Self care

Last night on Conversations with Annie and Kate, Kate Carruthers asked me whether I practised any self care, and if so, what? It was a confronting question, because my self care typically involves spending time with my friends, and copious quantities of hugs. Not a wise strategy during a pandemic, and given how many of my close friends are interstate and overseas, in many cases not even possible.

That’s not my only self care, though. I have taken to re-reading Terry Pratchett books, because they are my safe place. They are funny, and thought provoking, and most of them won’t make me cry. I don’t watch any tv shows or films that are dystopian, or even sad. I don’t have the emotional capacity for unnecessary trauma right now.

I try to go for a walk to our local cafe every day, to collect a take away coffee and maybe a friand. I don’t always make it, but it definitely helps when I do. I take pictures of flowers, and my cat, and always try to get some sunshine when it’s out.

But I’m in Melbourne, and this is lockdown number 6. I thought about counting the total days of lockdown and then decided against it. Sometimes it’s better not to know. Even when we’re not in lockdown, the threat of it hangs over us like a dark cloud. It could hail on us, or even hit us with the lightning strike of exposure to delta, at any moment. Going out doesn’t feel safe, but never going out isn’t a great option either.

The local cafe noted in lockdown 5 that they weren’t as busy. People weren’t coming as often. And I must admit, I’m not getting there as often as I did last year. I’m struggling to motivate myself to leave the house. I’m struggling to exercise, even though I know I need to. I’m struggling to organise online chats with friends. I have bursts of reaching out to people followed by long periods of lacking the will to organise anything at all.

It’s as though each new day in lockdown saps a bit more energy. Like the constant drop of a water leak in a cave can wear even stone away, this pandemic is eroding my energy, my enthusiasm, my heart.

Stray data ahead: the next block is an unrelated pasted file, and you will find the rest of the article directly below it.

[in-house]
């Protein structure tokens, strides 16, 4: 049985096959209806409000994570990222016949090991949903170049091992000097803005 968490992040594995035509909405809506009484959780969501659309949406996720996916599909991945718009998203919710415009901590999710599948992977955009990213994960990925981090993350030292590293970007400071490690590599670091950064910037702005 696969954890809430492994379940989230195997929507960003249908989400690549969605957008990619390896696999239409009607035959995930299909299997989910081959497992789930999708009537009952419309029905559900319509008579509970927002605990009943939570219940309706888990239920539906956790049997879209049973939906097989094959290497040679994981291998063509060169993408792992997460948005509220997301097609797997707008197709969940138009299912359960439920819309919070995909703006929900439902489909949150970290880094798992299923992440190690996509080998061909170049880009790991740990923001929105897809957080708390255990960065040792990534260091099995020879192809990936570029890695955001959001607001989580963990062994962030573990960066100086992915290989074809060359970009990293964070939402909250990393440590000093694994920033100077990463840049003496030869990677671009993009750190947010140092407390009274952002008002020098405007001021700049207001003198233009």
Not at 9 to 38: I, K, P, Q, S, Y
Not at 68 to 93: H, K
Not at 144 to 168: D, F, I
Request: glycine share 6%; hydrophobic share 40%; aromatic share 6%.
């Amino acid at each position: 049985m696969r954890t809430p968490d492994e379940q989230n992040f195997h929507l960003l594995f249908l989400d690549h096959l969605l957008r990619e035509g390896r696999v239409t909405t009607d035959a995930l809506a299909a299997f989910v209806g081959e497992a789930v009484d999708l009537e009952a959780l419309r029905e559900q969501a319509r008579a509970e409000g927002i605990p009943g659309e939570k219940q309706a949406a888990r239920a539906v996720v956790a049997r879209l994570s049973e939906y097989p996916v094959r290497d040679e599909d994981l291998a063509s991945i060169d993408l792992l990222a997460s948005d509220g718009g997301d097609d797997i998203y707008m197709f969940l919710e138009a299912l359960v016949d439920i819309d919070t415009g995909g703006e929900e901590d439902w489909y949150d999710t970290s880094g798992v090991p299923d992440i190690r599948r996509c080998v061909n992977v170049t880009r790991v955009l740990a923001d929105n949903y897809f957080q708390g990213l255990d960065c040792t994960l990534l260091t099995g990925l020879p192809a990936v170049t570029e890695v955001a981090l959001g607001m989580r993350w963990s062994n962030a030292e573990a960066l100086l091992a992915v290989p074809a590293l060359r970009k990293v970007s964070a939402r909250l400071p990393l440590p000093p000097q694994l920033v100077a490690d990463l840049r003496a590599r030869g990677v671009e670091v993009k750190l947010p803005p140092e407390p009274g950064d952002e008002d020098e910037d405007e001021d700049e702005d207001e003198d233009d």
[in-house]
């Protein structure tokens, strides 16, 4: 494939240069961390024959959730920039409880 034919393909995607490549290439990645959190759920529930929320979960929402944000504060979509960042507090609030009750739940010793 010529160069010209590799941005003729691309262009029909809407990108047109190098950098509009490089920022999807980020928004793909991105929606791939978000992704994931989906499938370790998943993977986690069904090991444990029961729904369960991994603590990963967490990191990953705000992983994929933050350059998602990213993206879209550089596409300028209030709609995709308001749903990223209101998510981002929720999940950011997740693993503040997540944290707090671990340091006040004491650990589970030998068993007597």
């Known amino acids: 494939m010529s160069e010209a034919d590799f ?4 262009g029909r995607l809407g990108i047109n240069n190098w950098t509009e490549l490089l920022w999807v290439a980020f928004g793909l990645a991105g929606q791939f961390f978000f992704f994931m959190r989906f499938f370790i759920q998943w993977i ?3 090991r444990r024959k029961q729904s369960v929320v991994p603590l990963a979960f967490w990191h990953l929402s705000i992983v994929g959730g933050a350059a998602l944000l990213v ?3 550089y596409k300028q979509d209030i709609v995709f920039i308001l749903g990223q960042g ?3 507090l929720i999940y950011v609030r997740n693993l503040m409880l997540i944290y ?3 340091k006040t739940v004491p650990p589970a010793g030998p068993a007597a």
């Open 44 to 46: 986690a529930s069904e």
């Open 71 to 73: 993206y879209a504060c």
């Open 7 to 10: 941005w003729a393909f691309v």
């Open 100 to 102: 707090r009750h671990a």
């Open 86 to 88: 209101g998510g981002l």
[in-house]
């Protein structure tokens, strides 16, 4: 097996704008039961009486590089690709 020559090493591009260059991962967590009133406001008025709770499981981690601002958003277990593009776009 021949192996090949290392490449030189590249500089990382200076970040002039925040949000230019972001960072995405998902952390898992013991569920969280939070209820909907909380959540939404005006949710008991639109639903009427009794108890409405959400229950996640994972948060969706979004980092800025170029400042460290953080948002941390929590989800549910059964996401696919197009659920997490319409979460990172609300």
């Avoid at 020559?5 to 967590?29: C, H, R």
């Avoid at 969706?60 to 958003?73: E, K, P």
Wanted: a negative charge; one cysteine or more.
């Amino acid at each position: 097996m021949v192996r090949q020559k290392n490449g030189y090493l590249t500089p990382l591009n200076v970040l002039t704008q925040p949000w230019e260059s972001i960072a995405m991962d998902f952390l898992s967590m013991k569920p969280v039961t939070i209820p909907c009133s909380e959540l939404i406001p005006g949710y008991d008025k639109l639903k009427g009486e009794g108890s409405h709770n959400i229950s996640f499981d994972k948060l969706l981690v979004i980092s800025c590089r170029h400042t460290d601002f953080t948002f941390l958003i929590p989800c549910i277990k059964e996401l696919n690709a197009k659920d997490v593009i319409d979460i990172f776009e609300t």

Perhaps life force is a muscle, and the normal hustle and bustle of daily life strengthen the muscle. Some things weaken it, but friends and work and socialising build it back up and keep it strong. In a pandemic, though, it’s as though we’ve become bedridden. The life force muscle works ok for a while, but each time you lock it down it gets a little weaker, a little harder to build back up again. And the in-between-lockdowns-but-not-quite-a-life times just aren’t enough to restore it to full strength.

Against a backdrop of diminishing life force, I have been dodging news about the IPCC’s latest report because I can’t face the existential terror and despair. I know we have to have hope if we’re going to achieve anything right now, but hope is in such short supply.

I’m sitting with the sun in my eyes as I type this, reluctant to close the curtains and block it out because some light in my day feels so rare and so precious right now.

I guess it’s important to remember that this will pass. Things will change. Tomorrow is another day, and my life force muscle may be down, but it’s not out. Meanwhile, if you’re finding it hard to put one foot in front of the other right now, just know that you’re not alone.